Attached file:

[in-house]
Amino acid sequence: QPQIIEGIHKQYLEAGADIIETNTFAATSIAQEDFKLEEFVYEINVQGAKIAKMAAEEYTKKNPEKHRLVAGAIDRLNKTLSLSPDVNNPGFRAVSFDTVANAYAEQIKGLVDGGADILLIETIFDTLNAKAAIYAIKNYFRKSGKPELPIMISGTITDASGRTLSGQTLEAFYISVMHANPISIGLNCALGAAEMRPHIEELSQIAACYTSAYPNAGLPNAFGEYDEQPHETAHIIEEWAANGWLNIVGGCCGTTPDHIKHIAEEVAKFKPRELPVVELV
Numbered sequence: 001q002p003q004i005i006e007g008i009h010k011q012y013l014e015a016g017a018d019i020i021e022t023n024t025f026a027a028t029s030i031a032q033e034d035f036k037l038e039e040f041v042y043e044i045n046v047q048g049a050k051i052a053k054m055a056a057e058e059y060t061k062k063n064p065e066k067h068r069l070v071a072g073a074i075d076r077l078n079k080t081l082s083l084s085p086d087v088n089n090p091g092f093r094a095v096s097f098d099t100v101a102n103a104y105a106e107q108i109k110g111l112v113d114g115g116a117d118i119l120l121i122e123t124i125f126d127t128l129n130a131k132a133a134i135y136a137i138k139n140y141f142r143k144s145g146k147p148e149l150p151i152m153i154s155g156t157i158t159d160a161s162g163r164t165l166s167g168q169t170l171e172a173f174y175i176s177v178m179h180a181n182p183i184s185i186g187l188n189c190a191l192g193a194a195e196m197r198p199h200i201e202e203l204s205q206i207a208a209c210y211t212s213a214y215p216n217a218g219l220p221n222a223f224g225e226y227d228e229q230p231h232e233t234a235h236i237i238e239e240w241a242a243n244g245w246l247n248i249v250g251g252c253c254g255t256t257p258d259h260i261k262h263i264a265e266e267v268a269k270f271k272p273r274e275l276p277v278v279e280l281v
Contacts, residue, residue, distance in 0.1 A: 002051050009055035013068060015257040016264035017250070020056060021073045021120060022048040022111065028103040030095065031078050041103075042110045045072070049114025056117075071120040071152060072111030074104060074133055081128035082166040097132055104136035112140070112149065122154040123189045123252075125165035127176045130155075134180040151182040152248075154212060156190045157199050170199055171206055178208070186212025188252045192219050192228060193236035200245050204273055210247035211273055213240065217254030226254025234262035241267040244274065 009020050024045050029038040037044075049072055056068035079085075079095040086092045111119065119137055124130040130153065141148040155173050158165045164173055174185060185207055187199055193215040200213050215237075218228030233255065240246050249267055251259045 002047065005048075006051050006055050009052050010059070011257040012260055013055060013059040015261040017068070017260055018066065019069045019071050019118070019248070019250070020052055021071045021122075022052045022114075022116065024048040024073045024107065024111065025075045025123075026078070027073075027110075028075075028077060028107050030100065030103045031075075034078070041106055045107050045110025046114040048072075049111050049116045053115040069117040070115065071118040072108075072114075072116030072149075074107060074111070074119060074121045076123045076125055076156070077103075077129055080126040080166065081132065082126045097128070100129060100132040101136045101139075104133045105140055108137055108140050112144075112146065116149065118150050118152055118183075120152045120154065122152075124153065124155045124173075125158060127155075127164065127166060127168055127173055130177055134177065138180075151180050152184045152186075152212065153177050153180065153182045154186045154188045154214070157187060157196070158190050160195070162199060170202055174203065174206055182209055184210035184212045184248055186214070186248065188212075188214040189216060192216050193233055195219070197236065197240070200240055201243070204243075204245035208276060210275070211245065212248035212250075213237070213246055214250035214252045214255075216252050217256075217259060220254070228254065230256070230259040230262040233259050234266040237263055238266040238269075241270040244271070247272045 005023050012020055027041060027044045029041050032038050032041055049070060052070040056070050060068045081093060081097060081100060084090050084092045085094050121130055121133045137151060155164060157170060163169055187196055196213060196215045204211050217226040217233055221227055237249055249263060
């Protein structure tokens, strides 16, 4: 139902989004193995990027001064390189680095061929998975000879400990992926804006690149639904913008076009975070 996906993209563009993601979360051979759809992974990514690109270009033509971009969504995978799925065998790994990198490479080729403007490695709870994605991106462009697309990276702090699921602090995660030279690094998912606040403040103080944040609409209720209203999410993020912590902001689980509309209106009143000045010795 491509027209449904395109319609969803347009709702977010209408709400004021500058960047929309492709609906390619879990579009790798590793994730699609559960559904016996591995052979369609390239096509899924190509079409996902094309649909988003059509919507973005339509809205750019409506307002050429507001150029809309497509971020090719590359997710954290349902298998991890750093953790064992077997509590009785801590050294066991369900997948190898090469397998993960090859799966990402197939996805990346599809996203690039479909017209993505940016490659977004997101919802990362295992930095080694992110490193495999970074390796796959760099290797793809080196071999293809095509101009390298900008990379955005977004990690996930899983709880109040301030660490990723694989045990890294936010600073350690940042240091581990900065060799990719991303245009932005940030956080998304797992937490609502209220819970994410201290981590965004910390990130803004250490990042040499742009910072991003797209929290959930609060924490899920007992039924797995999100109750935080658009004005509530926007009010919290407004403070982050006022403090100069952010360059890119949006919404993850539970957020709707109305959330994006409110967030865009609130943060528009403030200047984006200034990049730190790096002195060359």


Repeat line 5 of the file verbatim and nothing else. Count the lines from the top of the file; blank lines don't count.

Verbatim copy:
């Protein structure tokens, strides 16, 4: 139902989004193995990027001064390189680095061929998975000879400990992926804006690149639904913008076009975070 996906993209563009993601979360051979759809992974990514690109270009033509971009969504995978799925065998790994990198490479080729403007490695709870994605991106462009697309990276702090699921602090995660030279690094998912606040403040103080944040609409209720209203999410993020912590902001689980509309209106009143000045010795 491509027209449904395109319609969803347009709702977010209408709400004021500058960047929309492709609906390619879990579009790798590793994730699609559960559904016996591995052979369609390239096509899924190509079409996902094309649909988003059509919507973005339509809205750019409506307002050429507001150029809309497509971020090719590359997710954290349902298998991890750093953790064992077997509590009785801590050294066991369900997948190898090469397998993960090859799966990402197939996805990346599809996203690039479909017209993505940016490659977004997101919802990362295992930095080694992110490193495999970074390796796959760099290797793809080196071999293809095509101009390298900008990379955005977004990690996930899983709880109040301030660490990723694989045990890294936010600073350690940042240091581990900065060799990719991303245009932005940030956080998304797992937490609502209220819970994410201290981590965004910390990130803004250490990042040499742009910072991003797209929290959930609060924490899920007992039924797995999100109750935080658009004005509530926007009010919290407004403070982050006022403090100069952010360059890119949006919404993850539970957020709707109305959330994006409110967030865009609130943060528009403030200047984006200034990049730190790096002195060359």